Facebook is back in the operating system game
A new report released by The Information has detailed how Facebook’s frustration with being at the mercy of rival tech giants for their operating system has spurred their latest quest to develop an exclusive OS for running their own devices.
Although lean on detail of how this OS might work, or what its design might be, the report makes mention of the Oculus Rift and the Portal, both of which are Facebook manufactured, and which also run on their own operating systems (which in both cases are a version of Android with additional modifications).
For a tech giant (Facebook), which is currently at the mercy of another tech giant (Google) for the underlying software (Android) that runs all its proprietary hardware, it’s easy to see the underlying existential threat that may lie in the future. Just as Facebook ate its social media competition alive, Google swallowed Youtube, or Microsoft snapped up Skype, its clear that the growth models of all these companies depend on taking up more and more market share in the digital and tech arena and taking any other company that stands in their way and devouring them whole.
Facebook’s dependence on Android, therefore, gives it a vulnerably soft underbelly exposure to any predatory and anti-competitive inclinations that Google might be entertaining. But the company looks to have plans far bigger than avoiding being eaten by bigger fish. It wants to be the biggest fish (possibly even beyond the realms of tech, digital, and even conventional commerce…).
They even seem to have their eye on nudging into the voice assistant market, having confirmed they were working on their own equivalent to Siri and Alexa last year, proving that their ambitions are absolutely not limited to social media, nor avoiding being swallowed, but that they are deliberately gunning for the biggest badasses in the digital field.
In all likelihood, Facebook is looking to Apple with envious eyes, seeing not only hardware run on Apple’s own OS, but even the chip technology underlying that hardware being owned in house. To that end, The Information suggests that Facebook is looking into custom chip hardware, something hinted at by both Bloomberg and the Financial Times in 2019, which is now looking to being confirmed as a hard fact. The head of development on the project, Shariar Rabii, was poached from Google while one of their OS designers, Mark Lukovsky, was poached from Microsoft, where he had a key role in Windows NT.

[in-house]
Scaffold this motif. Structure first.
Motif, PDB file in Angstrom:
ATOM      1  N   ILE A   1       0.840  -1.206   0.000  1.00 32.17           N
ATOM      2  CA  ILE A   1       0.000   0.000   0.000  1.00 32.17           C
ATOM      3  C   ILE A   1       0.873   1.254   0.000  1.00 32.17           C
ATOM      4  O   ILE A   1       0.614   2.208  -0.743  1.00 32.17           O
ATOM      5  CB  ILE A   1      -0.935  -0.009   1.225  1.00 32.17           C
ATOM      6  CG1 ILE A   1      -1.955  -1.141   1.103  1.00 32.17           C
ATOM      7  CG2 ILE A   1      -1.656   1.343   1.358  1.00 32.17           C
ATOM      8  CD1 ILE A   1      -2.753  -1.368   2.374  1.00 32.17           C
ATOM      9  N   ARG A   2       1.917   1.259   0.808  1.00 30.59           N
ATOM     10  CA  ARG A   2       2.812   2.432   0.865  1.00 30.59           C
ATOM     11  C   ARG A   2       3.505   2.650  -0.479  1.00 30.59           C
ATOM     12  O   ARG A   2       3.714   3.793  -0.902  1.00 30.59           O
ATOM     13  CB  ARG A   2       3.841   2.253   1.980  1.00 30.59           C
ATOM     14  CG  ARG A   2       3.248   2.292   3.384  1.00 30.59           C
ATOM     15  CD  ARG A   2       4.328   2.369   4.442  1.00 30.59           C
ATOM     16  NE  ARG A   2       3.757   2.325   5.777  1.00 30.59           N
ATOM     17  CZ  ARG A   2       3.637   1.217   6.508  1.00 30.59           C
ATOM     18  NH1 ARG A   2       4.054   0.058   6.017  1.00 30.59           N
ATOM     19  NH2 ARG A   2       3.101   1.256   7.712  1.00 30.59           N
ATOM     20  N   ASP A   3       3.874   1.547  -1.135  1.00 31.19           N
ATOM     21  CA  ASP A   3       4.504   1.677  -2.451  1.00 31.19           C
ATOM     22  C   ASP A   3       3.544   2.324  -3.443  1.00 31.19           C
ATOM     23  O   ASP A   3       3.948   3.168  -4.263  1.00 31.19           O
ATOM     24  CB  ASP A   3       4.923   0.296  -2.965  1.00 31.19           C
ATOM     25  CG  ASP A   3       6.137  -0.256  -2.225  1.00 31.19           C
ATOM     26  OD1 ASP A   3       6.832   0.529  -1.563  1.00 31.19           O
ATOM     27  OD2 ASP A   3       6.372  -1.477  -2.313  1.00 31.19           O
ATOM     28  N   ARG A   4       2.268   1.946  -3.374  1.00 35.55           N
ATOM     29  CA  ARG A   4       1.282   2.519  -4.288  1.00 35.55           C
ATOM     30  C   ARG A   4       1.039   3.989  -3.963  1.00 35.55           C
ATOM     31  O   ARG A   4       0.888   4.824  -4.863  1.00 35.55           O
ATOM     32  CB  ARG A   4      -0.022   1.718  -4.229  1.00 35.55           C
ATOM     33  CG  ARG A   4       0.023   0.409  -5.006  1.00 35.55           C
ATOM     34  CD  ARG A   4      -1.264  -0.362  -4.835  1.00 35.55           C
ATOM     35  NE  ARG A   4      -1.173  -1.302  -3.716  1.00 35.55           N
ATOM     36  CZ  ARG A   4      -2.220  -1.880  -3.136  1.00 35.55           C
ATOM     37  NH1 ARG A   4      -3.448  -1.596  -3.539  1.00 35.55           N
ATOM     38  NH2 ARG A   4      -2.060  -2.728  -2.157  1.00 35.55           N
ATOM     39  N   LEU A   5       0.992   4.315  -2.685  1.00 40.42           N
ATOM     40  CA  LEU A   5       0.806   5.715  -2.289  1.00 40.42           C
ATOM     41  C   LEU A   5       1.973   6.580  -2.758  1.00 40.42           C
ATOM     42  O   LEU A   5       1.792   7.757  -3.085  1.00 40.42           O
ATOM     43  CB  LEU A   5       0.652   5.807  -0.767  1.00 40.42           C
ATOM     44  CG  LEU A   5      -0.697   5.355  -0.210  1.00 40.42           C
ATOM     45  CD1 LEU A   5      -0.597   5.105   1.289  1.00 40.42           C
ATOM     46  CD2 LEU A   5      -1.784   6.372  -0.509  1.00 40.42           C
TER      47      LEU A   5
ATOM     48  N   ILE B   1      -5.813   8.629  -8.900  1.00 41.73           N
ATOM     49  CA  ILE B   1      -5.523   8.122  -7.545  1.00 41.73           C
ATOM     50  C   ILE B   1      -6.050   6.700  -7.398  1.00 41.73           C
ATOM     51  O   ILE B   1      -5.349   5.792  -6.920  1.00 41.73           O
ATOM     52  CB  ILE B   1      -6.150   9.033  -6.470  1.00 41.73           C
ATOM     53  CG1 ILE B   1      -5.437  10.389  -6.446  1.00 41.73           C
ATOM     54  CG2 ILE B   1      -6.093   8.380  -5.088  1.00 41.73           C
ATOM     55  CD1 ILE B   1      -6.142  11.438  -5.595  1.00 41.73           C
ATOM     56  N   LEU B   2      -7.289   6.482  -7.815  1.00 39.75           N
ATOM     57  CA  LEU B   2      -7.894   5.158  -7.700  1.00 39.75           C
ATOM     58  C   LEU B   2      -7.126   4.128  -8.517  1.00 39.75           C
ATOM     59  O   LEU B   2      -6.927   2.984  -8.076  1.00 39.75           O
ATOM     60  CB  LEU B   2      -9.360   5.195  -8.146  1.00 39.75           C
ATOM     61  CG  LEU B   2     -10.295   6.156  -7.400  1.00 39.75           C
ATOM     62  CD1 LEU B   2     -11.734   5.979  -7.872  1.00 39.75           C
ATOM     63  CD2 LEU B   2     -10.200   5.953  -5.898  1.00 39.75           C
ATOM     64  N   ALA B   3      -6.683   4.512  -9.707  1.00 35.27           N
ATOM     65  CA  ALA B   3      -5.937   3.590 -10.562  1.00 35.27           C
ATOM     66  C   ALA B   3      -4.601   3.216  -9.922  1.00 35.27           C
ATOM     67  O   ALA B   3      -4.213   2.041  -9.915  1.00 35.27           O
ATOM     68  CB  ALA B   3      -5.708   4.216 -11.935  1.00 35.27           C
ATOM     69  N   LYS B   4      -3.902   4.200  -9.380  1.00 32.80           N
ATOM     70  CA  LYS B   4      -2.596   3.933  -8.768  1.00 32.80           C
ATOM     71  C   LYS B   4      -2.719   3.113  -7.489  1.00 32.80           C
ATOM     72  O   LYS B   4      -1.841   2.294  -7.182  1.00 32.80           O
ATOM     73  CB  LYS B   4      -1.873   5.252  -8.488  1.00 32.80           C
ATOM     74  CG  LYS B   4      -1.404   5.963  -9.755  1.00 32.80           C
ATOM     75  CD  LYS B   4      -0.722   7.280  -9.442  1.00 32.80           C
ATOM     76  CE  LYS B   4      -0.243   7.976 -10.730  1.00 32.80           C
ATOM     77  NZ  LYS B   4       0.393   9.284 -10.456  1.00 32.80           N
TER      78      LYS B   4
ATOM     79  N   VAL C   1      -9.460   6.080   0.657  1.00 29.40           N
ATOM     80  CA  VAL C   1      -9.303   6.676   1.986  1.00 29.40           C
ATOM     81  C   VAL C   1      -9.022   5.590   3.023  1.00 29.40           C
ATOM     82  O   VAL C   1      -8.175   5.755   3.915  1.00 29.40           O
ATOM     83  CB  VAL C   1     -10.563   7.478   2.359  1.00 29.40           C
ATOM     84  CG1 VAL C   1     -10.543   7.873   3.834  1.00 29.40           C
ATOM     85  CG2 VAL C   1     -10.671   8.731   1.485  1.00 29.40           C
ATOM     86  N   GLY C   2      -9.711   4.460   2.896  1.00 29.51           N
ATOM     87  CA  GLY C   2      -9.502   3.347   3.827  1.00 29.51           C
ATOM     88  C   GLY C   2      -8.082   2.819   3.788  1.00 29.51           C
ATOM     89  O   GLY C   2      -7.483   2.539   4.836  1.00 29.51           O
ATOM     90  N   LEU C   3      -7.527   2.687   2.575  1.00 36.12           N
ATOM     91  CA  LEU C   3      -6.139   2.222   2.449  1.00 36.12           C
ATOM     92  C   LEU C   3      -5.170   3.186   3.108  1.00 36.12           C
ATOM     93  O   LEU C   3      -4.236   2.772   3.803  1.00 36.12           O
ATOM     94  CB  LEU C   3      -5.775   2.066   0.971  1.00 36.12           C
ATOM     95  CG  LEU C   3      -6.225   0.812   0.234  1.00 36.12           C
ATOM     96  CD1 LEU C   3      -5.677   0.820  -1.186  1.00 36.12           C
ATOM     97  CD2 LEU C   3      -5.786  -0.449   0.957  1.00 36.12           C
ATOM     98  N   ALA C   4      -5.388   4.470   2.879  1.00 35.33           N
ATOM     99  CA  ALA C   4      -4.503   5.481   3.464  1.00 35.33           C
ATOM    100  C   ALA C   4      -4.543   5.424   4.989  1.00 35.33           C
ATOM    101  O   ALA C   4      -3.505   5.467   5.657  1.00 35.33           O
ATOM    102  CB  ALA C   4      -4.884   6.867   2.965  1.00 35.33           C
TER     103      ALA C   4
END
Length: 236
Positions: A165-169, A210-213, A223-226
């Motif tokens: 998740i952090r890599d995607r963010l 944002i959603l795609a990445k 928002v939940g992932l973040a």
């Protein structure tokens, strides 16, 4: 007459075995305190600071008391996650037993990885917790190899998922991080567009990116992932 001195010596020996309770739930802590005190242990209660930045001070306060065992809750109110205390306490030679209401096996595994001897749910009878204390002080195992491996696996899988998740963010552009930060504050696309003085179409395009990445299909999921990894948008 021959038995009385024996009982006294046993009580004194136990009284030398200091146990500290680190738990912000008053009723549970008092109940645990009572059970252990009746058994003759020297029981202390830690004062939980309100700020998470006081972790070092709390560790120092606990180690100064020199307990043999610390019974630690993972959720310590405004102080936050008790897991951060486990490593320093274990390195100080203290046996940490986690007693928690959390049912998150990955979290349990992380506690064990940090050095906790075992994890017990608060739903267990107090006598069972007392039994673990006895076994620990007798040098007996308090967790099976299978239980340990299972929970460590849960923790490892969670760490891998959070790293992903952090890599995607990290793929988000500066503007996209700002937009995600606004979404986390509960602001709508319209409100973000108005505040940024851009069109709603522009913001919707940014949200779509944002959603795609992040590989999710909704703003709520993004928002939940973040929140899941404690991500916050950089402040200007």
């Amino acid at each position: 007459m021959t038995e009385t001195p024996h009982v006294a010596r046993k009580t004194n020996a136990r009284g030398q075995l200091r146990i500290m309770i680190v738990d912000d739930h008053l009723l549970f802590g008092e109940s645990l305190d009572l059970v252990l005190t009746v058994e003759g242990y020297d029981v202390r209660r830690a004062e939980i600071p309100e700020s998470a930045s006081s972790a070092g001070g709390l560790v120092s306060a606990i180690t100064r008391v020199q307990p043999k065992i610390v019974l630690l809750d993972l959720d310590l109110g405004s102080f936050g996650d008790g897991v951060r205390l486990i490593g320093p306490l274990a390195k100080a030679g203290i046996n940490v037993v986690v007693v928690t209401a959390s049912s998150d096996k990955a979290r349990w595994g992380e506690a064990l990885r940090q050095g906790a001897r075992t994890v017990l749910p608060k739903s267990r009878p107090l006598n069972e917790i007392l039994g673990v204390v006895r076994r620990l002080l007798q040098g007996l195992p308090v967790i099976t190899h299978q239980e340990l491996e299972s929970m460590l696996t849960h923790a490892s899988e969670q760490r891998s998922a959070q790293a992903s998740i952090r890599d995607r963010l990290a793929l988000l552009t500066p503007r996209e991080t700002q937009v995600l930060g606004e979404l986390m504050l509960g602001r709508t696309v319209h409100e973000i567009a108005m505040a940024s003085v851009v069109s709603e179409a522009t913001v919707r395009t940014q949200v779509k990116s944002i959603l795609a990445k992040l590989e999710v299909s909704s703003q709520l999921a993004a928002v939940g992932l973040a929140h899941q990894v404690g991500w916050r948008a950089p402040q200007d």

For all its ambition, Facebook would do well to remember previous failures in the face of vaulting ambition. Those with long memories may be able to recall an earlier iteration of Facebook OS in 2013 (actually called Home), a disastrous attempt to hijack and rewrite Android for a phone produced by HTC (the HTC First) resulting in an undesirable phone flooded with unwanted Facebook feeds, a reduction in price by AT&T to just 99 cents one month after going on the market, and a whole lot of pissed of customers.
In addition to existing hardware to run off the new OS, Facebook have previously announced plans for new smart glasses, in a plan to enter a developing market before it comes to ‘replace the smartphone,’ taking up 50% of all smartphone users within the next five years as Ericsson have (most probably hyperbolically) predicted. Facebook’s Orion glasses are slated to arrive in 2023 (the same year that Apple’s equivalent will be dropping, curiously enough…), and the new generation of AR glasses are a creepy step beyond the current crop, with plans for them to be operated by what amounts to mind control.
Given the HTC First, we’re not sure we’d want Facebook’s OS to get direct access to our minds, the idea of being greeted to the Facebook home screen inside our own heads is more than a little unsettling. But that’s up to future customers. That’s if, given Facebook’s history of swallowing their competition, they’re even given the choice…
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